Side B is the brilliant second installment in this two-album set from Jillian Jacqueline, following last year’s Side A. Jacqueline, a born performer who got her start on Broadway as a kid performing with Kenny Rogers, is a Pandora Country Artist to Watch for 2018, and continues to shine with this independent release. The EP kicks off with the high-energy “Priorities,” then alternates between intimate stream of consciousness and hooky songs that still manifest a higher level of self-awareness. “Sad Girls” is cinematic in its heart-wrenching lyricism, and the EP wraps with groovy “Somebody,” which is straight out of Sheryl Crow’s Tuesday Night Music Club playbook. And keep an ear out for Keith Urban’s special guest appearance on “If I Were You.” | Rachel Whitney
Over the course of nearly two decades, Tim Hecker has slowly amassed a stunning body of work. His compositions range from delicate, cinematic sound designs to high-concept art (Van Halen songs and interviews transformed into gorgeous, gossamer shimmers). But all of Hecker’s work shares a sonic palette of detritus and musical shadow. He is a master of sound sculpting and musical manipulation, transforming digital errata and white noise into dense and delicate ambience.
Hecker’s music always seemed classically inclined (or at least influenced). On Konoyo, that element is even more pronounced, with melodies that wind through the entire album. At times, they lend the record an almost electronic or post-rock vibe; at others, Konoyo sounds like Asian folk music fused with a glimmering field of pulsations and keening whirls. Seemingly disparate, these sounds eventually blur and smear into something much more recognizably Hecker-ish.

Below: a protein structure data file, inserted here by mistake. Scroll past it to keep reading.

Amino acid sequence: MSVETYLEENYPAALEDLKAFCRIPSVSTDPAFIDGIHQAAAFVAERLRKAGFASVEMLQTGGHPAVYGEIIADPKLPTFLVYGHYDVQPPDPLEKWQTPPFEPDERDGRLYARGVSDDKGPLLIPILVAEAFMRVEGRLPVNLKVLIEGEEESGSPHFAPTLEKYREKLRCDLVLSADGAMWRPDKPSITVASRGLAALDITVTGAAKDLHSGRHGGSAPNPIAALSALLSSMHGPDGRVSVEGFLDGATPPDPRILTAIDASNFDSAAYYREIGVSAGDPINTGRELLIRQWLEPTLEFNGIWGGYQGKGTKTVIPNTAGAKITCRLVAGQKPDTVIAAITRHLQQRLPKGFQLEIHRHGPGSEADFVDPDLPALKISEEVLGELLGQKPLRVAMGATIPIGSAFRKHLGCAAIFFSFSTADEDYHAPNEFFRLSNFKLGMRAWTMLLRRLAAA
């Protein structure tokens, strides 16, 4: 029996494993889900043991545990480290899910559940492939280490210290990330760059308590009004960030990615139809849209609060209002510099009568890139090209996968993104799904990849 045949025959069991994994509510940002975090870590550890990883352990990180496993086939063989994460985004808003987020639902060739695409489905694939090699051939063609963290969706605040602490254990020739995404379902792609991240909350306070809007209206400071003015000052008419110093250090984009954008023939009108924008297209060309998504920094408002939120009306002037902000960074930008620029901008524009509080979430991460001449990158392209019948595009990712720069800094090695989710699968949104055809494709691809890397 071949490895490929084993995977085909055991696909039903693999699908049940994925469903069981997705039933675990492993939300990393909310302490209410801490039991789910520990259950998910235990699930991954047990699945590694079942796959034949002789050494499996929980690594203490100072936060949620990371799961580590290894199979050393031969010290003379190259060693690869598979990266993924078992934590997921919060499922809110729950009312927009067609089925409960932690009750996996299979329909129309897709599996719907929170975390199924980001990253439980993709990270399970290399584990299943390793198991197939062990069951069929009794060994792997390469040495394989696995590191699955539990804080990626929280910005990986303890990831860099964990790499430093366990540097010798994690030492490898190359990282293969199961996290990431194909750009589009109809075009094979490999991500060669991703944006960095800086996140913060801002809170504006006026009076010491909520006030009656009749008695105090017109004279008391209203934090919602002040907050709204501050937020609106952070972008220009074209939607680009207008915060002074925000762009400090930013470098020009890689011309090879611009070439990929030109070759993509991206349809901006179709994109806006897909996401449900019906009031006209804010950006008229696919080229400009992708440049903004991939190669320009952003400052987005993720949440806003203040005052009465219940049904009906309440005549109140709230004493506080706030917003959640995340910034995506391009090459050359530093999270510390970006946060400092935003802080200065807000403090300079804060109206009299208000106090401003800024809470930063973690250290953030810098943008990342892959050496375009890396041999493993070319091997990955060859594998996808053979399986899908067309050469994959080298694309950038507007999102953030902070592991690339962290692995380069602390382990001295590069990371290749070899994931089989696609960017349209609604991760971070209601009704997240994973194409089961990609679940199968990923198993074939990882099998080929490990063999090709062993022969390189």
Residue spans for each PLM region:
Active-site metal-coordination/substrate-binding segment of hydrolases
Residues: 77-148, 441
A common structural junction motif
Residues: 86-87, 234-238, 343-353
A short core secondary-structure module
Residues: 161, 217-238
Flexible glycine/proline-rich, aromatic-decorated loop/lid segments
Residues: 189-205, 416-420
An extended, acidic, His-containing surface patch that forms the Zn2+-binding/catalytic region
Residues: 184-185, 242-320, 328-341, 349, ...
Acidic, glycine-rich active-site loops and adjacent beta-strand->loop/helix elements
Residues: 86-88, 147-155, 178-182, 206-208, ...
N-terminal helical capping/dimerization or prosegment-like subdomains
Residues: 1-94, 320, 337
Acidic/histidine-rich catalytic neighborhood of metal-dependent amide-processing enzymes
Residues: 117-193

The album’s first single, “Keyed Out,” is a more childlike take on Aphex Twin. Its disembodied, Satie-esque pastoralia is delicately wreathed in a susurrus of soft glitch and chordal haze, a la Christian Fennesz. Album closer “Across to Anoyo” is a massive, heaving squall of woozy warble and pitch-shifted thrum, like the drone-doom of Nadja reinterpreted by malfunctioning machines. It’s a haunting and harrowing bit of stunning sonic surrealism. | Andee Connors
Basement Beehive: the Girl Group Underground
Chicago’s Numero Group is incomparable. With series like Eccentric Soul and Wayfaring Strangers, each release the label puts out focuses on a specific era, subculture or forgotten genre. You won’t find any Wall of Sound, Brill Building or “My Boyfriend’s Back” sound-alikes on Basement Beehive, a collection of unknown girl groups. Rather, you’ll hear incredibly sophisticated productions and arrangements paired with grit and groove, plus killer vocals from “sister acts, studio receptionists, classmates [and] angelic voices of the 1960s.” This comp runs the gamut style-wise: tough and melodramatic (Vickie & The Van Dykes’ “I Wanna Be A Winner”), sentimental and swooning (the Cineemas’ “Never Gonna Cry”), soulful and funky (the Rayons’ “You Confuse Me Baby”), gritty and garage-y (the Belles’ “Melvin,” a spin on Them’s “Gloria”). Don’t pass up this extravaganza of big-haired — and even bigger voiced — badass women of pop’s halcyon days. | Michelle Solomon